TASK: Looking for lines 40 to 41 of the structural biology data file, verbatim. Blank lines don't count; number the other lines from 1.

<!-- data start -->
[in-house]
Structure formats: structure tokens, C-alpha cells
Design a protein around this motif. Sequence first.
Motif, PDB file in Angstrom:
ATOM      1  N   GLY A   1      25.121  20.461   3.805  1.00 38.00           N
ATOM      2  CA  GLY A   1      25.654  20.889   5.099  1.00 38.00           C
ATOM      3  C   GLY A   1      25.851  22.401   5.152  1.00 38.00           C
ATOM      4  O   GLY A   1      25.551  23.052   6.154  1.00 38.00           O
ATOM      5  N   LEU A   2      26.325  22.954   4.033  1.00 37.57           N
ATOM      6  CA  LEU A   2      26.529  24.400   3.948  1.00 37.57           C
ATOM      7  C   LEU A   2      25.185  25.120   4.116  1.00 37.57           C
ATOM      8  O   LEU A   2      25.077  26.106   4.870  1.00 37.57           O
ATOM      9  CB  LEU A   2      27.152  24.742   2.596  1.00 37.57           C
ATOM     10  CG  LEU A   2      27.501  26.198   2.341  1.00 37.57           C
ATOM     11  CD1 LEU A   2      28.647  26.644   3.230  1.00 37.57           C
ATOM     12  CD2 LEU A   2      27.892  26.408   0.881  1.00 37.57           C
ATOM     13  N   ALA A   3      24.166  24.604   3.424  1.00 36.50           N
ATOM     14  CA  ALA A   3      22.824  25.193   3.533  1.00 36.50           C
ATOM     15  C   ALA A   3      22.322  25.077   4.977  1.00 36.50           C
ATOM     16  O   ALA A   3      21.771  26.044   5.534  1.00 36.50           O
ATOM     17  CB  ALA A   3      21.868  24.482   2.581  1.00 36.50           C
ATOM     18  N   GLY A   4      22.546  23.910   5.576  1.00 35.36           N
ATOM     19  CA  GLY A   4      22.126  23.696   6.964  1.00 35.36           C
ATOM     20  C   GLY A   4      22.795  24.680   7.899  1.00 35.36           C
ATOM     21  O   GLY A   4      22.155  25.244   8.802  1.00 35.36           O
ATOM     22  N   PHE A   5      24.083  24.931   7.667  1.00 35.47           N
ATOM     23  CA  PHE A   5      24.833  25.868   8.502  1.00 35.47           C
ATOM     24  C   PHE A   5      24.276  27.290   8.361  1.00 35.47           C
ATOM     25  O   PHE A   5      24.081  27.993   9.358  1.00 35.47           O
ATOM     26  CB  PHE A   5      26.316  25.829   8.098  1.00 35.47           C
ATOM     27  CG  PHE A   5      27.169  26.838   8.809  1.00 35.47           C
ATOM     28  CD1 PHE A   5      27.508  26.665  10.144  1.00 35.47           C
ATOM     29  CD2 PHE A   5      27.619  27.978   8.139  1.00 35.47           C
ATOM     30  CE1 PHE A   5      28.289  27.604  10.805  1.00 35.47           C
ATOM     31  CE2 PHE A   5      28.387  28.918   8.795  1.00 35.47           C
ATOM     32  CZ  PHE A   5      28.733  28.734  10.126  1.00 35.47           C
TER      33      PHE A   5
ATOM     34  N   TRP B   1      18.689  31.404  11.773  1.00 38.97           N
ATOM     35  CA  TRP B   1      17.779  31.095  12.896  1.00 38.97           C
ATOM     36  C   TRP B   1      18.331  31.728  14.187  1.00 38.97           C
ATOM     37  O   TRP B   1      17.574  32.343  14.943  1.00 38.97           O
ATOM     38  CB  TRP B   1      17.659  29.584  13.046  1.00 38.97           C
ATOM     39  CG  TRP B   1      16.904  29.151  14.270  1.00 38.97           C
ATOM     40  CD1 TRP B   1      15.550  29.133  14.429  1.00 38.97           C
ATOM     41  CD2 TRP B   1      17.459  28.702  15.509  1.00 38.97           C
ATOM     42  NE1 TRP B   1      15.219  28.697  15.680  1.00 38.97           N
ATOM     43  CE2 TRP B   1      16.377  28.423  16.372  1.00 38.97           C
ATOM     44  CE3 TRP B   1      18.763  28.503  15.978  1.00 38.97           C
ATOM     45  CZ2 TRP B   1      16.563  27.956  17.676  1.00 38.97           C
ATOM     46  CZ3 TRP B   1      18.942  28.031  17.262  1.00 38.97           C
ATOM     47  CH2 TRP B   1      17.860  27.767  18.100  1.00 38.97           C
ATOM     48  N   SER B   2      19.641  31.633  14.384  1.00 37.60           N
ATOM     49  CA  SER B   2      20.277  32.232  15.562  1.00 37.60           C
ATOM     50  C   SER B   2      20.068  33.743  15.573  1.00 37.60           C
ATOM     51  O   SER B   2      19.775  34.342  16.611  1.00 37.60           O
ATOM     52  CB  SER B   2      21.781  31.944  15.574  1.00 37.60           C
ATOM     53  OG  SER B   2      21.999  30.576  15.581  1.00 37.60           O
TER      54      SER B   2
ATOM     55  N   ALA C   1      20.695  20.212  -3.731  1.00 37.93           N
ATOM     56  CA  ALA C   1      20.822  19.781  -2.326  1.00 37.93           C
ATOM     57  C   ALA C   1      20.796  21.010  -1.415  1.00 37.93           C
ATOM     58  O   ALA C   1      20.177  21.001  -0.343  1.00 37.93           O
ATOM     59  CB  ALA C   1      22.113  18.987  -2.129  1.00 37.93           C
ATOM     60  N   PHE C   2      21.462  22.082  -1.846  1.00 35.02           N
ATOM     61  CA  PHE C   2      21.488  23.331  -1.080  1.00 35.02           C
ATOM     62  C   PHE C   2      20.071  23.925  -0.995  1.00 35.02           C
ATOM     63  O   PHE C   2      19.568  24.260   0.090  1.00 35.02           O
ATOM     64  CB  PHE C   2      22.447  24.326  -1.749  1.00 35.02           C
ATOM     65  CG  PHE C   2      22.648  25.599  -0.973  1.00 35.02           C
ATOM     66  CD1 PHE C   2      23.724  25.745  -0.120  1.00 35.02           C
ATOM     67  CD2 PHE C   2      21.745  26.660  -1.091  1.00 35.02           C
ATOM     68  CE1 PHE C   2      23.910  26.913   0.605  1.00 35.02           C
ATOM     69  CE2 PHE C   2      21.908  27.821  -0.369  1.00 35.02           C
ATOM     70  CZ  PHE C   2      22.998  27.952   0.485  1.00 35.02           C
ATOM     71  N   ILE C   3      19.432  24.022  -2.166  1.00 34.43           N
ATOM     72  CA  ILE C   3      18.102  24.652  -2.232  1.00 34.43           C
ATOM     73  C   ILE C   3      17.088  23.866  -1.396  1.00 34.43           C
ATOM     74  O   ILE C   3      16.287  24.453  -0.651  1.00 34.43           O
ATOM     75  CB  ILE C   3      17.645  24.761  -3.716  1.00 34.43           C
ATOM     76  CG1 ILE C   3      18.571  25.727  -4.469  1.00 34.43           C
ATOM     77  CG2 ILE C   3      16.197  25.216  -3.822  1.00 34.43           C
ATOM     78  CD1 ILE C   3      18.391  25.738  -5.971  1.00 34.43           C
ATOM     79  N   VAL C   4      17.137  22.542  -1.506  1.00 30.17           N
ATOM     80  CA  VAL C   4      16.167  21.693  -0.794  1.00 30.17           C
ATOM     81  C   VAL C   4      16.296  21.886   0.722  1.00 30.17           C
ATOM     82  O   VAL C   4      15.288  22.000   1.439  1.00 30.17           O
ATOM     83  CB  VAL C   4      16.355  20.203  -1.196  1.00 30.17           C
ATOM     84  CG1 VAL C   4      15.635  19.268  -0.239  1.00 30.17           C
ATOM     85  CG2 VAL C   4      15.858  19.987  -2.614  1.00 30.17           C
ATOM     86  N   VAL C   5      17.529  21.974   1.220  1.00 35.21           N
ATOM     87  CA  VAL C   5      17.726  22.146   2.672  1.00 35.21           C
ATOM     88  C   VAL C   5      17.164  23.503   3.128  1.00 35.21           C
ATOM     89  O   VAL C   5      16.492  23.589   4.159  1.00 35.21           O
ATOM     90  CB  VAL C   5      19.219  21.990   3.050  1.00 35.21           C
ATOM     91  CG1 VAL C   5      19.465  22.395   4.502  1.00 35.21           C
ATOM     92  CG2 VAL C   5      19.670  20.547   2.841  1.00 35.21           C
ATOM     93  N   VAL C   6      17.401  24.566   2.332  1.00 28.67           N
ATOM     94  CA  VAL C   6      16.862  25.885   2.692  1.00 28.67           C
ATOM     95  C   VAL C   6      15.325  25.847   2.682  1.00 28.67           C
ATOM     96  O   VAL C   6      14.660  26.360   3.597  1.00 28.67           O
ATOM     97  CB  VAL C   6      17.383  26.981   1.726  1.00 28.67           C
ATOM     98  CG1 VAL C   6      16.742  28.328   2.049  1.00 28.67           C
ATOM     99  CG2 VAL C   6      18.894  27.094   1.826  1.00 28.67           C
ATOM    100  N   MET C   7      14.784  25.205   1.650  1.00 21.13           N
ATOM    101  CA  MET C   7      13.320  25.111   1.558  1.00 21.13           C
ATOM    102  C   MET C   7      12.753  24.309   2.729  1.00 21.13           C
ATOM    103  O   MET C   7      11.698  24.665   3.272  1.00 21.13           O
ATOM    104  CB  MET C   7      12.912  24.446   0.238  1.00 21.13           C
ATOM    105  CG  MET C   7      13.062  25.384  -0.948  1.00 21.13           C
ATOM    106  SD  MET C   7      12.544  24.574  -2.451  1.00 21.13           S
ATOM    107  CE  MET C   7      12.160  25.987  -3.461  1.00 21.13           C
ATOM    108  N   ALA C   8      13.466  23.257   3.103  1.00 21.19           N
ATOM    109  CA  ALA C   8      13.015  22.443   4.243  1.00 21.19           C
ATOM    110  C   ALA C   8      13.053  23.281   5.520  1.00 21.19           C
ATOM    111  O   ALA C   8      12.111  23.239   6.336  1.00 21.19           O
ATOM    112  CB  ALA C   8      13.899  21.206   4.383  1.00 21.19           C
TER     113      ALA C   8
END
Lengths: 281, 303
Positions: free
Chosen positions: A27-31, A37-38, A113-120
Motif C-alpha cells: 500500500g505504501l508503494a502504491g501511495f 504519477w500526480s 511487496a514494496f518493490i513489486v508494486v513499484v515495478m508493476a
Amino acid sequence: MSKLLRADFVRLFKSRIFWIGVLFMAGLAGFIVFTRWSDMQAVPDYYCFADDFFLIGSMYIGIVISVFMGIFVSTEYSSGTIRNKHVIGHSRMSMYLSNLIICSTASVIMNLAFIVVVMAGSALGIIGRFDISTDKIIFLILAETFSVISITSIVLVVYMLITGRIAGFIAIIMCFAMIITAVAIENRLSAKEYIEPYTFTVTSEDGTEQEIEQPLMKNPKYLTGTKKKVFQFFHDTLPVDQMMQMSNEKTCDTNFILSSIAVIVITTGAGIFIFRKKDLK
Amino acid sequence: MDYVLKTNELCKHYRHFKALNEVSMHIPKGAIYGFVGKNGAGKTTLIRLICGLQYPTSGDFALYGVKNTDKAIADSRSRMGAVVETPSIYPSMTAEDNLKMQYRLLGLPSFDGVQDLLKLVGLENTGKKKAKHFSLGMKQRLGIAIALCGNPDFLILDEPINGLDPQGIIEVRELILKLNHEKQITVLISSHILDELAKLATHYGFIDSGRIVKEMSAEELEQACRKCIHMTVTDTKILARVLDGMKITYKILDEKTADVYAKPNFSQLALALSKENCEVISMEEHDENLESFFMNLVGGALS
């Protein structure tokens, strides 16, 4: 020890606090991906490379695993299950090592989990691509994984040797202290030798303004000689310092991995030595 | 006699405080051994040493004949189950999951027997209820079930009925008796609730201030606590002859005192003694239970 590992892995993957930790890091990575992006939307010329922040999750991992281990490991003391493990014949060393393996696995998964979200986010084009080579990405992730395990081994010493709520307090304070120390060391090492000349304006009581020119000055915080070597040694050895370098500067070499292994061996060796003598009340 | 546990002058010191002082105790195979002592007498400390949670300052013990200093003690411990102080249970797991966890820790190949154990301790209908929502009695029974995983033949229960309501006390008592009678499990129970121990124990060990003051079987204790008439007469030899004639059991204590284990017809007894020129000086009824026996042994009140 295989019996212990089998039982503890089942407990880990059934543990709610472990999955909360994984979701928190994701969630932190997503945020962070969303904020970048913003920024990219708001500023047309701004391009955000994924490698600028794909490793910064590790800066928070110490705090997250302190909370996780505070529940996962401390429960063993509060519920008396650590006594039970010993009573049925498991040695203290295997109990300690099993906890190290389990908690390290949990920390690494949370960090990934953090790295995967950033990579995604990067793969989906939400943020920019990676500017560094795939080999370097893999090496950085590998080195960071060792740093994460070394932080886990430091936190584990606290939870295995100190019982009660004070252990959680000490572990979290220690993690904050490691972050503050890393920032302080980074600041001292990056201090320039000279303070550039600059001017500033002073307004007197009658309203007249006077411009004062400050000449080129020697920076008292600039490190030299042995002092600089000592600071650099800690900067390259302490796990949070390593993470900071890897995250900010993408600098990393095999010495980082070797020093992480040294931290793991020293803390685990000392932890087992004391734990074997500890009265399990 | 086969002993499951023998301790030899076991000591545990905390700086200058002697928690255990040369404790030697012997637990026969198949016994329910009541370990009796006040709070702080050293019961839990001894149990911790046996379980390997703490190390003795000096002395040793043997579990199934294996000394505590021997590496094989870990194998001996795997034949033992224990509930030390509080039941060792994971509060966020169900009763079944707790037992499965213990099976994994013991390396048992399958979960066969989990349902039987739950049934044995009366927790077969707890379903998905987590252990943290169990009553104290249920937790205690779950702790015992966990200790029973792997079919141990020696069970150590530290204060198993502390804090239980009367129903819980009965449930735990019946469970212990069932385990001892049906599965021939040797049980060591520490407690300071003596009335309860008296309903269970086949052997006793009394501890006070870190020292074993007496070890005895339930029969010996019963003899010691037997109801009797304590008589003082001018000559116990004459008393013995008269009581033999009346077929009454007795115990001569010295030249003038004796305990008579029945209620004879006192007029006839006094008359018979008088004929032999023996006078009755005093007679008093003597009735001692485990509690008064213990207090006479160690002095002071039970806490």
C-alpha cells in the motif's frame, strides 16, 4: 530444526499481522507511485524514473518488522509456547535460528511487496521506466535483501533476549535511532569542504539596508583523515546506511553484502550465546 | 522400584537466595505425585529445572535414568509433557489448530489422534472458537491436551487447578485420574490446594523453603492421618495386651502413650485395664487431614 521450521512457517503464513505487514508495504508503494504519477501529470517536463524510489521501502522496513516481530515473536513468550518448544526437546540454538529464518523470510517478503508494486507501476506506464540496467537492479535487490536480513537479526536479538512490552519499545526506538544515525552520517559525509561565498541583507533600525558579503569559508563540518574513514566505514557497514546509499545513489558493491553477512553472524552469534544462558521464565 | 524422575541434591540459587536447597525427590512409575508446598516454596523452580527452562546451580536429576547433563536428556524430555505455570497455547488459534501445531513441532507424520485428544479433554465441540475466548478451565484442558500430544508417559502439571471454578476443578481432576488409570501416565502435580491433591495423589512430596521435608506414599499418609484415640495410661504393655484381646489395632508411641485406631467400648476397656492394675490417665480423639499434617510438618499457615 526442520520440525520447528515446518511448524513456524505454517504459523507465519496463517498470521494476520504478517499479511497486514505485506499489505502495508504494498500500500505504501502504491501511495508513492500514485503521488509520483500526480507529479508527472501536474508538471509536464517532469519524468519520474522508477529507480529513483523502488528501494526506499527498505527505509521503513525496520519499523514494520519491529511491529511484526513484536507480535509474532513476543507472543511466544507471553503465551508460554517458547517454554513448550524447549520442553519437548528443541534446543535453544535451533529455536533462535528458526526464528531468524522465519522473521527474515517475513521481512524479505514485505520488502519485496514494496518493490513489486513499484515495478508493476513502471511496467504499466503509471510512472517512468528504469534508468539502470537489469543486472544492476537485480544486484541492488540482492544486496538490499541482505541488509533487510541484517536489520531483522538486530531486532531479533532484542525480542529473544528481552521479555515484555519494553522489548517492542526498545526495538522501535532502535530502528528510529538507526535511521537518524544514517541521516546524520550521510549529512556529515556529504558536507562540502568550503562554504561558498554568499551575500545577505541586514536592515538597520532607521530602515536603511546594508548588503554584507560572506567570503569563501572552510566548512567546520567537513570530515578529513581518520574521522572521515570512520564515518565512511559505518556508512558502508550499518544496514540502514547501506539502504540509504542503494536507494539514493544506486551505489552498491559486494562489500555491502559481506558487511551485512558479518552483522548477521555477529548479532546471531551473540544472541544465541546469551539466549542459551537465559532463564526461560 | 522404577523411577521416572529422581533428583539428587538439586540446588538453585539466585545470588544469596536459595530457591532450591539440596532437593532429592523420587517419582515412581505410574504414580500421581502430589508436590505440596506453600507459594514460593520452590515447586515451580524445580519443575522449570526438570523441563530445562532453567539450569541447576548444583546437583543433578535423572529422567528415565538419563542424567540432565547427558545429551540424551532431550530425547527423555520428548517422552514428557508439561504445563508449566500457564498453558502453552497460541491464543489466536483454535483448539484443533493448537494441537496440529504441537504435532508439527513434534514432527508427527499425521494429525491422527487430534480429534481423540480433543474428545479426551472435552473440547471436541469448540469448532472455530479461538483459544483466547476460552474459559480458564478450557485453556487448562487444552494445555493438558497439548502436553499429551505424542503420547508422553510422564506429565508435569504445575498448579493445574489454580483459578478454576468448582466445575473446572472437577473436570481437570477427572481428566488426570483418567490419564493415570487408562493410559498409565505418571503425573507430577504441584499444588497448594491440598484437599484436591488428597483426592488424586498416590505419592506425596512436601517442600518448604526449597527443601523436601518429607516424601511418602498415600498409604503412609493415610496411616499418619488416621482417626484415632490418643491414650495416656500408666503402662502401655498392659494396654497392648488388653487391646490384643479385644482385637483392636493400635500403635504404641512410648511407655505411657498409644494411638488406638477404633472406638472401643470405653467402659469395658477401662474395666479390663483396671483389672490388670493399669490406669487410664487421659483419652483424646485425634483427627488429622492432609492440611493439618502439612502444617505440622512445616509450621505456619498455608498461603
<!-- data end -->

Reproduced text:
ATOM     36  C   TRP B   1      18.331  31.728  14.187  1.00 38.97           C
ATOM     37  O   TRP B   1      17.574  32.343  14.943  1.00 38.97           O